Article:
Whoops, I goofed. As noted by many in the comments, I picked up the sermon from a later Samuel Seabury. (Hang around for awhile and I'll tell you about Martin Luther's famous "I have a dream" speech.)
I wonder how he would fare today?
Look at this sermon in which he examines a particular doctrine espoused by the Anglican Church, that our Lord's human nature "was, from the first moment of its existence, void of all spot or taint of sin."
Let us walk with Bishop Seabury to see how Doctrine is derived.
First, he tells us we believe this doctrine "because it has been delivered to us by the Church as a necessary article of the Christian faith." It traces back to "[t]he apostles, themselves, or at least their successors at a very early age of the Church..." and is " necessary to guard the original faith from the assaults and wiles of those who sought to deprave it by false and heretical teaching."
Is tradition alone, Rev. Seabury, sufficient grounding for Doctrine?
this prescription, which may plead apostolic tradition in its favor; this teaching of our common mother, which ought in reason to have far more weight with us than the wisest of human parents, is a sufficient ground for our belief in the doctrine, at least in the first instance, and until we shall be qualified to try our faith by the ultimate standard of Holy Scripture.(emphasis added).
How should we proceed?
...you proceed, as in an humble and reverential spirit you properly may, to compare the teaching of the Church with the infallible dictates of Holy Scripture...
Bishop Seabury continues: "Human testimony is the ground of human faith, or that which we exercise in the common affairs of life. Divine testimony is the ground of divine faith, or that which is required of us in order to our everlasting salvation."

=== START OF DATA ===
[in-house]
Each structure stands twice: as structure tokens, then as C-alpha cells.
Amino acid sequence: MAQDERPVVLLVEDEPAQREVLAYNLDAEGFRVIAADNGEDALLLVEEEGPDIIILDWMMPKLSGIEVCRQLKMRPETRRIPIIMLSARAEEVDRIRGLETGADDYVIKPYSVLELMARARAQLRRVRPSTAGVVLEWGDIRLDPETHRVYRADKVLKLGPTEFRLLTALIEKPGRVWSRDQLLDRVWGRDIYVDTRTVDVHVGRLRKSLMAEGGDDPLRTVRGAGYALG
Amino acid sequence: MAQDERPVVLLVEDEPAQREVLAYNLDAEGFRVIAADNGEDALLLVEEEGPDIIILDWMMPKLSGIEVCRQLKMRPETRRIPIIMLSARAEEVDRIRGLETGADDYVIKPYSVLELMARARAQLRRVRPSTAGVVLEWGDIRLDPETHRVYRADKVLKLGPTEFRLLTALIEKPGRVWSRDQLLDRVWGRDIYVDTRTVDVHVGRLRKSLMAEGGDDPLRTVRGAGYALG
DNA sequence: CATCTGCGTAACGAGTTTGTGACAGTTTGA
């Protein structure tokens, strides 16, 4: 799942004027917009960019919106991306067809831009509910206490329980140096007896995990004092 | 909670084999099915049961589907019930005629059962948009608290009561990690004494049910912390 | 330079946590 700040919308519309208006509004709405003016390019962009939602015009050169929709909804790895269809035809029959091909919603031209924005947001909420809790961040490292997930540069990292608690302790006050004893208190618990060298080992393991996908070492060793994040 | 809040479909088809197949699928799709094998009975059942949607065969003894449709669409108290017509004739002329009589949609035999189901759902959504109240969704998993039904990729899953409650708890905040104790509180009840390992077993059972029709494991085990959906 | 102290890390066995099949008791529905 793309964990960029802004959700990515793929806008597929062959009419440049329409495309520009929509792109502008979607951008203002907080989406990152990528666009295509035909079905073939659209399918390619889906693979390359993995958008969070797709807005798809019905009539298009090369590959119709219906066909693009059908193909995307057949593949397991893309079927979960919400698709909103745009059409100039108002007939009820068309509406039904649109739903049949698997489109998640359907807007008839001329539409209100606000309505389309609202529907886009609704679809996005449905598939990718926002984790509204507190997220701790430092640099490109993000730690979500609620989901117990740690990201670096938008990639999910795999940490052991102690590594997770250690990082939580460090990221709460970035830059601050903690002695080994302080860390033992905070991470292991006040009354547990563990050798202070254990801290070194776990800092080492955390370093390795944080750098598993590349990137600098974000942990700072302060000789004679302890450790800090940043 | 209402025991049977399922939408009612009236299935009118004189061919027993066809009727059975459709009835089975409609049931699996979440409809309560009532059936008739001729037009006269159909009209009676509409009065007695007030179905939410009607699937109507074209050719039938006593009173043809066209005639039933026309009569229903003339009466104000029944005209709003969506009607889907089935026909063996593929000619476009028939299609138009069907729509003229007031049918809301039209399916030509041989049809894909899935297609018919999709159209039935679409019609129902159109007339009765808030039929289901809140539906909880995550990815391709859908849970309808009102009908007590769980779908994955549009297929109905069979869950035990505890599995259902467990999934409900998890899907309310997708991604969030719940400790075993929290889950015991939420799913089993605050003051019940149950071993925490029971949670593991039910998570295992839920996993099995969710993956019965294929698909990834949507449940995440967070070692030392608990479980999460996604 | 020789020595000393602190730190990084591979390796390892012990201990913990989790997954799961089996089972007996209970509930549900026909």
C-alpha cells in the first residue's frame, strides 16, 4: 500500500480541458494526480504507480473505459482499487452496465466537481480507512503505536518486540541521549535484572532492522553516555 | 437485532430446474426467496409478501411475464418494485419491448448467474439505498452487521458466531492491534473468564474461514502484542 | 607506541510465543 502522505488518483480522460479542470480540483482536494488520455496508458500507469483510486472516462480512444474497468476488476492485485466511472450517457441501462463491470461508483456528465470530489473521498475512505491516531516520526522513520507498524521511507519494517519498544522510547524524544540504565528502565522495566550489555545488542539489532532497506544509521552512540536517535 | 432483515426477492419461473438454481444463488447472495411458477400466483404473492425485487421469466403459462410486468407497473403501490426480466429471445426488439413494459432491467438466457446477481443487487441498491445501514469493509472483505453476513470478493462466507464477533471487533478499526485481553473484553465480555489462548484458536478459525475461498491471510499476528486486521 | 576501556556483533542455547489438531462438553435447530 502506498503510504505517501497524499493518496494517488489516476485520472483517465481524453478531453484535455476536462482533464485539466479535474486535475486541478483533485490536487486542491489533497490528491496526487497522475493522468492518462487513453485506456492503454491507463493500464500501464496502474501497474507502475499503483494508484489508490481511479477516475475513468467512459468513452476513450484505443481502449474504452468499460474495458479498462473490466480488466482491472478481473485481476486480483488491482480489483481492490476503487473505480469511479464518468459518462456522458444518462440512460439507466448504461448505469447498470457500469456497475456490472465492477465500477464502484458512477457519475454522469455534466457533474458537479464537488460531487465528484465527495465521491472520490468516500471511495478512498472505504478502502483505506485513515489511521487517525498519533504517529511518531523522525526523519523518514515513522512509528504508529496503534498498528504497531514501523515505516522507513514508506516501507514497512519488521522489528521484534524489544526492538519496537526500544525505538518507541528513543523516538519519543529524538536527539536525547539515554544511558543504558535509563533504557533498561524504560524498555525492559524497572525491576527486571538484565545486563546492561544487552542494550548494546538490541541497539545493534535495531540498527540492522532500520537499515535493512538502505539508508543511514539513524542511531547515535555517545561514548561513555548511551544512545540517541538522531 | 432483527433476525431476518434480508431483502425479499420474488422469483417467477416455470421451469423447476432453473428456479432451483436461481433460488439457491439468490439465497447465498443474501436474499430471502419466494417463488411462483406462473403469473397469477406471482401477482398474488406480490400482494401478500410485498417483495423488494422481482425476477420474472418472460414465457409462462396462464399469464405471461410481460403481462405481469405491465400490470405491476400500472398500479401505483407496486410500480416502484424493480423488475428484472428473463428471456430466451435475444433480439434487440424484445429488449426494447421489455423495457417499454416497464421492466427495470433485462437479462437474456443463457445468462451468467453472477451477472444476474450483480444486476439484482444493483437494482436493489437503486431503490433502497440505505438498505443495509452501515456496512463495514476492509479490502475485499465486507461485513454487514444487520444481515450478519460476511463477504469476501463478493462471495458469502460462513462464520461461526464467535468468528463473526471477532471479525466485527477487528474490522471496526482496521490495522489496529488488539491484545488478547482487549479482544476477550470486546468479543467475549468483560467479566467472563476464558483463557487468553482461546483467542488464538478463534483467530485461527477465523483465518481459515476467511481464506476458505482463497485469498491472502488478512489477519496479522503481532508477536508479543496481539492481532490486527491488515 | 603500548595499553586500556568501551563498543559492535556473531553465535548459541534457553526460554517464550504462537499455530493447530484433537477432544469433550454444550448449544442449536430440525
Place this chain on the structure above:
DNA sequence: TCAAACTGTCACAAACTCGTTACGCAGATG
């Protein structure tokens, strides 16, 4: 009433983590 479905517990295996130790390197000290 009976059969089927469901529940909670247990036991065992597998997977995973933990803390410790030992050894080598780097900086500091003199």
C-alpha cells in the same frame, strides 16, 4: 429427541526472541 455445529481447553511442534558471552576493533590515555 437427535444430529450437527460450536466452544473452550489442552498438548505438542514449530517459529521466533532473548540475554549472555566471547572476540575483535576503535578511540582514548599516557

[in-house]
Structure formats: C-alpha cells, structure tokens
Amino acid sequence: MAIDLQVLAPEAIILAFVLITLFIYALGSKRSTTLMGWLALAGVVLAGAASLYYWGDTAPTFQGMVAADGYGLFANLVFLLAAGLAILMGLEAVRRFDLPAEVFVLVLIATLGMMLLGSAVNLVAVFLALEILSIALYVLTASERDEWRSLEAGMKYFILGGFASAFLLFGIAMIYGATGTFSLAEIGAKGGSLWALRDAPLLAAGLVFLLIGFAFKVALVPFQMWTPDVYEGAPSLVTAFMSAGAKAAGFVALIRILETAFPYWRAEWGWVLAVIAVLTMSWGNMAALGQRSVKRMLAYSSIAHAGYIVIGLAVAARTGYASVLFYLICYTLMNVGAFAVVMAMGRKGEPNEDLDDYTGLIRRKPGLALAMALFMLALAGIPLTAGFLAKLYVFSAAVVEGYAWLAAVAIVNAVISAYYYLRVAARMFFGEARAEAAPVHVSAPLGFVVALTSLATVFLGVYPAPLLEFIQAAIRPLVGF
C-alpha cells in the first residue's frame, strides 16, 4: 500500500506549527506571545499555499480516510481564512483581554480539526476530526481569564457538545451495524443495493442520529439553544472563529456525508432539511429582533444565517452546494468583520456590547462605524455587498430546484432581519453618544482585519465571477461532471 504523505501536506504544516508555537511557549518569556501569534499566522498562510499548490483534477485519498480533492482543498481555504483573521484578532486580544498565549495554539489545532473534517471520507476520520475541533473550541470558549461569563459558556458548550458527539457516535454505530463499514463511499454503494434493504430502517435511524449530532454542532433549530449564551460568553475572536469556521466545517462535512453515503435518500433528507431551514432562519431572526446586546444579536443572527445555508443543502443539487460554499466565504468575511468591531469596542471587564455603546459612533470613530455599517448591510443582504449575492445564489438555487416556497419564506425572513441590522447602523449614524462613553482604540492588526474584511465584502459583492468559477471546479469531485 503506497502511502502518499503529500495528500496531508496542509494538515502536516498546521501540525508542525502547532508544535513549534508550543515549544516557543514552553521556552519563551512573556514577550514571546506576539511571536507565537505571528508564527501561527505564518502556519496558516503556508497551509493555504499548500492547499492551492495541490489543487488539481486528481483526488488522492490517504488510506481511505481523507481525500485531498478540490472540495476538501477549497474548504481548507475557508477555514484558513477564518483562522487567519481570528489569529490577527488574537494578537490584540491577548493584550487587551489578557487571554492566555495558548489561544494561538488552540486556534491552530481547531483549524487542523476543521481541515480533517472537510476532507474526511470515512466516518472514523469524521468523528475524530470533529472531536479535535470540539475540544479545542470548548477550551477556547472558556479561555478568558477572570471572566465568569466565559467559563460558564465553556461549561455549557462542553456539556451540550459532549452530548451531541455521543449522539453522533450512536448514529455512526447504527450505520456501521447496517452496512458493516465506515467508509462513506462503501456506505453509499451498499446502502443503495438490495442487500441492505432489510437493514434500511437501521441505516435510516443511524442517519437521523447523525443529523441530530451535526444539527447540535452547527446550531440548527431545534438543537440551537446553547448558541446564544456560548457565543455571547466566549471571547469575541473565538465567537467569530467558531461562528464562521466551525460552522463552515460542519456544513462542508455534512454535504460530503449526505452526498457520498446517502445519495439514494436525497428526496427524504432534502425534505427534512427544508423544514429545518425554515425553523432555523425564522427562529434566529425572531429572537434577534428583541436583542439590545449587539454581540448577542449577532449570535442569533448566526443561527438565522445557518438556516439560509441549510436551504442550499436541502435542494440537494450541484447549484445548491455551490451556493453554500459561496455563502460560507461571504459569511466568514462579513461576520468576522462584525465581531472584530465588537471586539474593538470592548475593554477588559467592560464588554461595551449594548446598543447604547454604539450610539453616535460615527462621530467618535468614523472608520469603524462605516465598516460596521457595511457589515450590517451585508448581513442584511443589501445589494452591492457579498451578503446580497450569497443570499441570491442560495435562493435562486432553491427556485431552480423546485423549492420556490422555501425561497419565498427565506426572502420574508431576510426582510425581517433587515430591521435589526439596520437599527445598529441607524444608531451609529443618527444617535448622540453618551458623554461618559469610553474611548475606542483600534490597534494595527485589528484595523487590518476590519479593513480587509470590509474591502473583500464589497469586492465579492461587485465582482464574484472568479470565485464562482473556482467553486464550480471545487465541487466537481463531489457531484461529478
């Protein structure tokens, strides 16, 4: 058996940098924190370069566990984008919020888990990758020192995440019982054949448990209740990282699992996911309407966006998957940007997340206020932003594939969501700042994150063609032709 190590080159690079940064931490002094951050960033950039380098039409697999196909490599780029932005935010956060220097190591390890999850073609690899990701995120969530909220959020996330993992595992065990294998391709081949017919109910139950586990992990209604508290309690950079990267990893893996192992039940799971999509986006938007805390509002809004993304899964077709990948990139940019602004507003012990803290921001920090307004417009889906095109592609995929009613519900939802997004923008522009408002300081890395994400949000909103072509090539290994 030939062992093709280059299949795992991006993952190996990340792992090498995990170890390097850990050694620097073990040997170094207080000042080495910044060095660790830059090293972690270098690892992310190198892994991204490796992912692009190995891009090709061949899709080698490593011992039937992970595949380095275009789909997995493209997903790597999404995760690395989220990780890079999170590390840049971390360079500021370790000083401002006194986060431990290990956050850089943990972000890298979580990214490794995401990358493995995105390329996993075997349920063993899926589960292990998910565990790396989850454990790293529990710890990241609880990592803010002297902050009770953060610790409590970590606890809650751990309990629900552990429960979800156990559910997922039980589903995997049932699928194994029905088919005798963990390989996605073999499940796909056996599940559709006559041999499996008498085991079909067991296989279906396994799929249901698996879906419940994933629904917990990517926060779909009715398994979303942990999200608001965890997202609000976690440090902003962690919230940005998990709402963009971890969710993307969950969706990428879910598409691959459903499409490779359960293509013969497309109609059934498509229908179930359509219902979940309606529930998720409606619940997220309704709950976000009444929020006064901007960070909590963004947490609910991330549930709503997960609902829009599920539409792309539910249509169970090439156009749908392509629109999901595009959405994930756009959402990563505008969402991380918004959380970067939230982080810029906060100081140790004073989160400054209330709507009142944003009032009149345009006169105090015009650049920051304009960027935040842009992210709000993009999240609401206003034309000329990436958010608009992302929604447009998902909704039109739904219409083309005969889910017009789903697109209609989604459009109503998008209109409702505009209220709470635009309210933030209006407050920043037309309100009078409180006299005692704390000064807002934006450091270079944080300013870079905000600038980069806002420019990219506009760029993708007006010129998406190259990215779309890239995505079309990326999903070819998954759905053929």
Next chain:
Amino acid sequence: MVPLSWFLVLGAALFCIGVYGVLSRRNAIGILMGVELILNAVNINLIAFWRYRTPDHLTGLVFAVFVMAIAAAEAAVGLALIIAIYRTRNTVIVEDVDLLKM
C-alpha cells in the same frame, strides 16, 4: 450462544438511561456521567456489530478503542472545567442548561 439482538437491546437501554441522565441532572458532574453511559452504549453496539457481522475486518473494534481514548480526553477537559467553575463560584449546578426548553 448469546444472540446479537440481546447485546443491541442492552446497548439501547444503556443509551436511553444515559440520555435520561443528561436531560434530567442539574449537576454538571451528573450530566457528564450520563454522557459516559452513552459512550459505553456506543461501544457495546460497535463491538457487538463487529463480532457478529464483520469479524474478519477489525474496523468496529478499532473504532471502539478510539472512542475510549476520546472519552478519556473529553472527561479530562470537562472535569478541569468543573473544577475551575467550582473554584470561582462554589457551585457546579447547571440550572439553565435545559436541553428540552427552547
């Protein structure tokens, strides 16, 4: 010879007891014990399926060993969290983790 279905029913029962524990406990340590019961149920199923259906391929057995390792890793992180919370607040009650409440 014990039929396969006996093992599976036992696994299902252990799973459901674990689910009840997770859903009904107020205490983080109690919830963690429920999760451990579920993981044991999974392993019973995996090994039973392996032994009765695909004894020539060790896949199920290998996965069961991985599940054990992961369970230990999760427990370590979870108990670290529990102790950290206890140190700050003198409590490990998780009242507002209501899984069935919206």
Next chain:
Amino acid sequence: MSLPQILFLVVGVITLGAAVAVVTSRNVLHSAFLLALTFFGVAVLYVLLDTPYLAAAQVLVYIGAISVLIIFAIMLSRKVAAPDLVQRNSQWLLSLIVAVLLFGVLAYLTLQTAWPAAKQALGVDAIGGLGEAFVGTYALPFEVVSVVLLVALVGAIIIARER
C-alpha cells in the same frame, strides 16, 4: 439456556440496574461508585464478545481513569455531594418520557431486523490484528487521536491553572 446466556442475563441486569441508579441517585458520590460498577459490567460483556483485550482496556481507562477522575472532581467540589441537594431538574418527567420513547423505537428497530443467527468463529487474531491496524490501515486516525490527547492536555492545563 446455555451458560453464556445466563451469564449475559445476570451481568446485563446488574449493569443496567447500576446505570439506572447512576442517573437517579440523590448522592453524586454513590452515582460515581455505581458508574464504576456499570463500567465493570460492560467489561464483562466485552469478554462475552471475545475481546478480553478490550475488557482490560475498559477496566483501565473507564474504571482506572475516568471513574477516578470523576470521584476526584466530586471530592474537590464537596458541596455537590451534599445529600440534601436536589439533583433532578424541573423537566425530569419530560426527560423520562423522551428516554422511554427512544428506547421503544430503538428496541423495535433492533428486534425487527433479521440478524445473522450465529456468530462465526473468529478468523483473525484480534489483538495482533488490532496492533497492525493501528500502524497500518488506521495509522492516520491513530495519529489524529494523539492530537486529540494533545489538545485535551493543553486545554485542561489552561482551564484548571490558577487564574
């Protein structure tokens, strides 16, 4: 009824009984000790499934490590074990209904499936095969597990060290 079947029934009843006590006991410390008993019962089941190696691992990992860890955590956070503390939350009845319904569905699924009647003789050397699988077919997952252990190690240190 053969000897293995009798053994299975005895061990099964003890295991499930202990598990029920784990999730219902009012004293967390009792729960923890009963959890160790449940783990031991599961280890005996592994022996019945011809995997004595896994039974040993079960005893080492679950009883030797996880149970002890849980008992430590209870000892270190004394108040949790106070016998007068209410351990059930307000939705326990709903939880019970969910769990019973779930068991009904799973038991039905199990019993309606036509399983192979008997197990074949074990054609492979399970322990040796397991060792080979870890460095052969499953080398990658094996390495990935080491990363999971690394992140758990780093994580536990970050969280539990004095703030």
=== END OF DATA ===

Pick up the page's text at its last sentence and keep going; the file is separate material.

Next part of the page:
In the second portion of his sermon, he turns from the grounds of Doctrine to "the use of" or reason for the Doctrine. As Seabury puts it: "For God does nothing for naught, and weak as we are we can always discover enough in His works to excite our admiration of His wisdom and goodness."
The rest of the sermon is excellent and I commend it to you -- it is, essentially a refutation of what was then a recent development in the Church of Rome, the Doctrine of the Immaculate Conception of Mary. The importance for us is that he develops Doctrine based on the Apostolic teachings handed down, subject always to the ultimate standard, the Word of God.
What a fundamentalist!
More. From this it looks like Seabury only bases Doctrine on two of the three legs of the Anglican stool. What about the third leg, reason?
In this sermon he does reaffirm the three legs, but again note that it must comport with "plain Scripture:
...truth which is conveyed to faith in regard to the invisible and spiritual must correspond to all that is expressed to the senses in regard to the visible and material, provided that nothing be received which is contradictory to reason and plain Scripture.